“We want to celebrate the audacious and relentless fight of Puerto Ricans who stood up against Ricardo Roselló,” Jose Solis said.
As the president of the Club Puertorriqueño de San Francisco, a social club for the Puerto-Rican community in San Francisco, Solis sees the resignation of Puerto Rican Gov. Ricardo Roselló, which is effective on Friday, as a chance to bring people together.
He organized a free “cheers to victory” event Saturday on Mission Street in Bernal Heights, and hopes that the hundred people he expects will “show the force” and demonstrate support.
The gathering is expected to draw people from around the Bay Area. Solis had previously planned the event for Friday, but rescheduled to Saturday for a better turnout after many Puerto-Ricans told him it was too complicated to drive in San Francisco on a Friday.
“It’s amazing. Our people are waking up in such a wonderful and decisive way. We took so much shit for so many years and now it’s over,” said Erwin Calderon, 61, a chemist at Pax Lab, who plans to attend Saturday’s celebration.
Calderon flew to Puerto Rico on July 17th, the day Puerto Rico’s Center for Investigative Journalism published leaked Telegram messages revealing Roselló’s homophobic and misogynistic messages about politicians, journalists and celebrities. He also took part in the subsequent demonstrations before leaving on July 22nd.
“When a governor tells that someone is a whore and jokes about it, we cannot stand it. That was the trigger,” said Calderon, referring to how Roselló described City Council Speaker Melissa Mark-Viverito in a leaked Telegram message.
Pressured by the throngs of demonstrations, Roselló agreed to resign on Wednesday July 24th, effective on August 2nd.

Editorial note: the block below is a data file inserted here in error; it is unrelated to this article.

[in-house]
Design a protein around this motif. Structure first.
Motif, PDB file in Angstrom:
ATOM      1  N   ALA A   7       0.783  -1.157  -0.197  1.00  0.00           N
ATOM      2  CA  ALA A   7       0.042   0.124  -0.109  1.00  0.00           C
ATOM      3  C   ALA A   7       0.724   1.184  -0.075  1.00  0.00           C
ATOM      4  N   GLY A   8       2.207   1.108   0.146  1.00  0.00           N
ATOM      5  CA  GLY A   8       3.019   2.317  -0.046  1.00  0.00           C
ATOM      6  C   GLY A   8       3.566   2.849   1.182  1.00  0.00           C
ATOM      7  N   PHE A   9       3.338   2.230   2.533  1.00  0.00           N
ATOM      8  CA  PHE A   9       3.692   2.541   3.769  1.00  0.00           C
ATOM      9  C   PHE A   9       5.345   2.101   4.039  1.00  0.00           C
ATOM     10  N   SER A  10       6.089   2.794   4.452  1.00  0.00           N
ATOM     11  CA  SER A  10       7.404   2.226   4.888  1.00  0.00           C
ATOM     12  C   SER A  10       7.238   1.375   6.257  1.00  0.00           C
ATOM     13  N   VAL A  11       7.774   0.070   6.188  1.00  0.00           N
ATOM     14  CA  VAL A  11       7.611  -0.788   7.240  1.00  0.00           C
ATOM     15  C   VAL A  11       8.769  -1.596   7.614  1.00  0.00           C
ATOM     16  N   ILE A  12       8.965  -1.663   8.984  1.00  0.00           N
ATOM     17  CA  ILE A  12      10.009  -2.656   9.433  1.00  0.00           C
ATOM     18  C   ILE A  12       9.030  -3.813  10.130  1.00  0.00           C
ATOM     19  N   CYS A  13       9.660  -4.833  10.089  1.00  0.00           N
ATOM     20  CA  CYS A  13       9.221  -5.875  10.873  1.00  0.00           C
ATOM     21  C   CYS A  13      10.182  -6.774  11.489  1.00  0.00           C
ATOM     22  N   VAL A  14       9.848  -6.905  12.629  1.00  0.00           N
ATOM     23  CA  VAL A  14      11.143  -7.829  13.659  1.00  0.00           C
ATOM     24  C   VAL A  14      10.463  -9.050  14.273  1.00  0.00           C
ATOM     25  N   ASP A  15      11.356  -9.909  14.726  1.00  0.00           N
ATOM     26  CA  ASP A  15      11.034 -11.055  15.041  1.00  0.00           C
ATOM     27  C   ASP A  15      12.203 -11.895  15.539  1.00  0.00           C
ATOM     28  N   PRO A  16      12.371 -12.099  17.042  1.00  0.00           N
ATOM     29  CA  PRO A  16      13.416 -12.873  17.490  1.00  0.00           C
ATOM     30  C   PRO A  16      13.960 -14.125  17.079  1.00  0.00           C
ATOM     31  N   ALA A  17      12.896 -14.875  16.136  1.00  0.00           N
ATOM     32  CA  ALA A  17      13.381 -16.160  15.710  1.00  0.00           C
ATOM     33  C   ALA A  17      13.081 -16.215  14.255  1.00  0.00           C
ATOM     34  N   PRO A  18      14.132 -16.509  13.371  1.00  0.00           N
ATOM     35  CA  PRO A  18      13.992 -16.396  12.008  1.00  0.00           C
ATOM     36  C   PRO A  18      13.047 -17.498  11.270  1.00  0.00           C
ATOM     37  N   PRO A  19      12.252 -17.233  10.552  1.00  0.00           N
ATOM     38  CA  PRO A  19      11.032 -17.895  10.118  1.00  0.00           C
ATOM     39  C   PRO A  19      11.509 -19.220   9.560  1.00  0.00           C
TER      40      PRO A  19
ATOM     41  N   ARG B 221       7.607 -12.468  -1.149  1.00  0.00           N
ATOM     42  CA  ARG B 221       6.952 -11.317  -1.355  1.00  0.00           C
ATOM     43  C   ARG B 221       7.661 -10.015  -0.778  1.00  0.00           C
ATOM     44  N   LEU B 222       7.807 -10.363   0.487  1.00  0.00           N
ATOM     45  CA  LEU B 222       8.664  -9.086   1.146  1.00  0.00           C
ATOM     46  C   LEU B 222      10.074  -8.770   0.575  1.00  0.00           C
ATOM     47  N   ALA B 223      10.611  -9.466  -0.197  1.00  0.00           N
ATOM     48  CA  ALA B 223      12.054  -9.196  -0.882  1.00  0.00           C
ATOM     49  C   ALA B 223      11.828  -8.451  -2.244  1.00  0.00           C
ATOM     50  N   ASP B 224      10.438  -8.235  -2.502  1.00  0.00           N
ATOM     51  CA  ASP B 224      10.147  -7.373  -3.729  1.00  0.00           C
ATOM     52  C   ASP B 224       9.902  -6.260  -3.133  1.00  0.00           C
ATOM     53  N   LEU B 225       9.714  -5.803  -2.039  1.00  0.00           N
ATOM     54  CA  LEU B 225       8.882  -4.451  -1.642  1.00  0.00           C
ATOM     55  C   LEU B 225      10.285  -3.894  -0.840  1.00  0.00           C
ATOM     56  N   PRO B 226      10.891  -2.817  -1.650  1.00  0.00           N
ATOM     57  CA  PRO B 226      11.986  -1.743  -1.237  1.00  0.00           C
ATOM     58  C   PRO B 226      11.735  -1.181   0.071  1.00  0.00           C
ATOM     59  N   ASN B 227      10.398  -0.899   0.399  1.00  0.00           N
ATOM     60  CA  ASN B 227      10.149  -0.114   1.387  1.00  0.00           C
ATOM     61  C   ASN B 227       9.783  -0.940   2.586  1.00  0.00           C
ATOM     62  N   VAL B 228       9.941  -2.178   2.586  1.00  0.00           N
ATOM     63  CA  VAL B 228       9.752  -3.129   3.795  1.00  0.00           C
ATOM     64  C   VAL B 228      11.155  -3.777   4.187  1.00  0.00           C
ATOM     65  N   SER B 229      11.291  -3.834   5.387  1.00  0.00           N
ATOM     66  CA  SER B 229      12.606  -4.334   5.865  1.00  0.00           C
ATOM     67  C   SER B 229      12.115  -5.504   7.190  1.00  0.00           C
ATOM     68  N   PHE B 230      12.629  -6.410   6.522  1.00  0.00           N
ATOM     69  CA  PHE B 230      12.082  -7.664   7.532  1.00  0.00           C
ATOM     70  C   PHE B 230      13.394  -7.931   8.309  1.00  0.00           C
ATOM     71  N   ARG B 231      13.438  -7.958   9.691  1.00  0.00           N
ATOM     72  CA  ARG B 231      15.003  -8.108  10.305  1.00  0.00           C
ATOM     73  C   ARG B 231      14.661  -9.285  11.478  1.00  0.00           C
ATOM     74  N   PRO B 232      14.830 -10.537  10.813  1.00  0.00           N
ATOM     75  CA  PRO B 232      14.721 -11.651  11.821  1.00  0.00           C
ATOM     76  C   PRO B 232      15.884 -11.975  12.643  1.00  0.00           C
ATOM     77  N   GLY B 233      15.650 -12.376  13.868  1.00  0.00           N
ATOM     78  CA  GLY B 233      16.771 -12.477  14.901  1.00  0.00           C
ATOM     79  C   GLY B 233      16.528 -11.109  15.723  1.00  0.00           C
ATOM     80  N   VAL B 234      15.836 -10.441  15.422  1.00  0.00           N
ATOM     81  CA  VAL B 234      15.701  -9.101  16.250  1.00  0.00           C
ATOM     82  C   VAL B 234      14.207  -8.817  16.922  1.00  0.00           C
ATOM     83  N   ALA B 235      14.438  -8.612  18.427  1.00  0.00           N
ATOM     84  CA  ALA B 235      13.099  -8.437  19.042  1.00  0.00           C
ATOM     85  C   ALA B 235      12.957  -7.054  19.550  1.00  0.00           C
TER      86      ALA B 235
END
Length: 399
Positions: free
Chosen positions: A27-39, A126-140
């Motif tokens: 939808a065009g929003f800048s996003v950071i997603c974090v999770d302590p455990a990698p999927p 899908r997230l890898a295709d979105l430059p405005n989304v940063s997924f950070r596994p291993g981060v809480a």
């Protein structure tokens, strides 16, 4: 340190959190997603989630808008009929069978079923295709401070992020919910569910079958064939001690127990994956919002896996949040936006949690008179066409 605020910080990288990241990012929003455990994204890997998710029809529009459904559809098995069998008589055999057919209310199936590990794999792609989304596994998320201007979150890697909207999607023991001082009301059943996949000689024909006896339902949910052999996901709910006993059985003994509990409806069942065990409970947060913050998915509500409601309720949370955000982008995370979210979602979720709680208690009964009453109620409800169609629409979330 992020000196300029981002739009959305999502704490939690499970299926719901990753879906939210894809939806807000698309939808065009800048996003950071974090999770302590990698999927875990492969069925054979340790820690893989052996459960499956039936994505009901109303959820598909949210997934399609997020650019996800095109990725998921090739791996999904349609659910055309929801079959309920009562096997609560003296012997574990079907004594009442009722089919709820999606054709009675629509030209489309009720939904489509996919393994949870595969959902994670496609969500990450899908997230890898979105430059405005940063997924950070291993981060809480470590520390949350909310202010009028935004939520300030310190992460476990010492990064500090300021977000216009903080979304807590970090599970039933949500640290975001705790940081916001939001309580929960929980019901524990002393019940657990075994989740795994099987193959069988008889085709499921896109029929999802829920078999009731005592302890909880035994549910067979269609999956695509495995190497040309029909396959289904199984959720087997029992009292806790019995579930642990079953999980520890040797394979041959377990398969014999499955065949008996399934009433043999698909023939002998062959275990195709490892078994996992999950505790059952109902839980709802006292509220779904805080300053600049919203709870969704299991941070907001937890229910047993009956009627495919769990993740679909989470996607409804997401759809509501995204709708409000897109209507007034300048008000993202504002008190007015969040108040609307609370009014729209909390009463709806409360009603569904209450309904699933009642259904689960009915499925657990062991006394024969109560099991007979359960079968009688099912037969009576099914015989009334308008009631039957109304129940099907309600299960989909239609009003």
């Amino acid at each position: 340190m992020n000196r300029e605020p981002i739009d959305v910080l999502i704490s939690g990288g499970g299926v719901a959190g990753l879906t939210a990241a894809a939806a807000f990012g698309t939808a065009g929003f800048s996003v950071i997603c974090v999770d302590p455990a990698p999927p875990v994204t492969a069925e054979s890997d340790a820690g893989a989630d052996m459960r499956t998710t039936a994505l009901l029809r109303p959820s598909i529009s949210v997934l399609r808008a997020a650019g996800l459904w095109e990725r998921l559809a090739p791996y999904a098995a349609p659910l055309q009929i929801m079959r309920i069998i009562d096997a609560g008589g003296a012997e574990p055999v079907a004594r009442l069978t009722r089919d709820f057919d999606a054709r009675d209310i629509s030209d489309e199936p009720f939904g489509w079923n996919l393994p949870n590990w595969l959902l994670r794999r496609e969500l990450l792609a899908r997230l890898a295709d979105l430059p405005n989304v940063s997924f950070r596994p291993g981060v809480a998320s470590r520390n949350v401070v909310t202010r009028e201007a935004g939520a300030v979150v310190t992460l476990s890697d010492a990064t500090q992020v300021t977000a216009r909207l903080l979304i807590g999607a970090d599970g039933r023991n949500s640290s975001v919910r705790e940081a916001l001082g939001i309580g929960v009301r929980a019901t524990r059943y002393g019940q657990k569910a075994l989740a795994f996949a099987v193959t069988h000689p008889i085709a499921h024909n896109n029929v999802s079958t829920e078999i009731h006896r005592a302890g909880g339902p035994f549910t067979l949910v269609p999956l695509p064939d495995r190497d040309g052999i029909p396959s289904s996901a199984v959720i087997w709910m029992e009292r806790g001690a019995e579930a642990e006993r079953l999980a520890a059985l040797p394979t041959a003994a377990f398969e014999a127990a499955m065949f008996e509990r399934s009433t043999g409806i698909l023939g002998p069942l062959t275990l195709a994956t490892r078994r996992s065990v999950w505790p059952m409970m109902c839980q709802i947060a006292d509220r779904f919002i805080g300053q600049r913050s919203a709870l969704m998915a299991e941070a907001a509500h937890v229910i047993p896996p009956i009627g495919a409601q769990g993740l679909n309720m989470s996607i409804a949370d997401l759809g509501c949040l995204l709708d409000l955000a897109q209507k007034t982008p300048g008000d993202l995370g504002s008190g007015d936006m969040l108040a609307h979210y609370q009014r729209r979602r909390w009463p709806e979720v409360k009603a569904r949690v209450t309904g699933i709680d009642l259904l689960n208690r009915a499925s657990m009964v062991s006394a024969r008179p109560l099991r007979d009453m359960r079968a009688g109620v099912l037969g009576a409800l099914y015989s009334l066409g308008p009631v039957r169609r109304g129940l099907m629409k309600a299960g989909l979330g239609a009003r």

The celebration event at the Club Puertorriqueño de San Francisco is the next in a series of past meetings and demonstrations in support of Governor Ricardo Roselló’s resignation in the Bay Area.
Around 50 Puerto-Ricans from the Bay Area also celebrated last Saturday at a potluck picnic in Oakland. Many of those attending said they had never seen such a unified crowd.
Denise Solis Cepeda, a member of the Bay Area for a sustainable Puerto Rico, called for support from the Puerto Ricans in the Bay Area.
“Our people achieved an incredible victory. We are here and we are not going anywhere,” said Solis Cepeda in an introduction to her speech.
She also demonstrated in front of City Hall in San Francisco to demand Roselló’s resignation on July 17th, and the day after at Lake Merritt in Oakland along with other Puerto-Ricans.
“We could feel the passion in the streets,” remembers Melba Maldonado, La Raza Community Resource Center Executive Center, who also took part in the protest at City Hall.
Carmen Melindez-Lugo, a 56-year-old medical interpreter and a former member of the Club Puertorriqueño de San Francisco, said the push for unification is revivifying after she felt “alienated” by years of shrinking involvement in the Bay Area
“This movement is different,” said Katherine Adames-Rodriguez, 37, a teacher in Oakland and an activist for 15 years.
Even 3,600 miles away, Solis Cepeda argued she has a role in the near future of the island and will “pressure our government leader.”
“The resignation was the first step,” said Solis Cepeda.
A “Solidarity and Spirit Celebration” will take place Saturday, Aug. 3, 2019 at 3 p.m. at 3249 A Mission St. The event is free, and those attending are encouraged to bring a dish to share.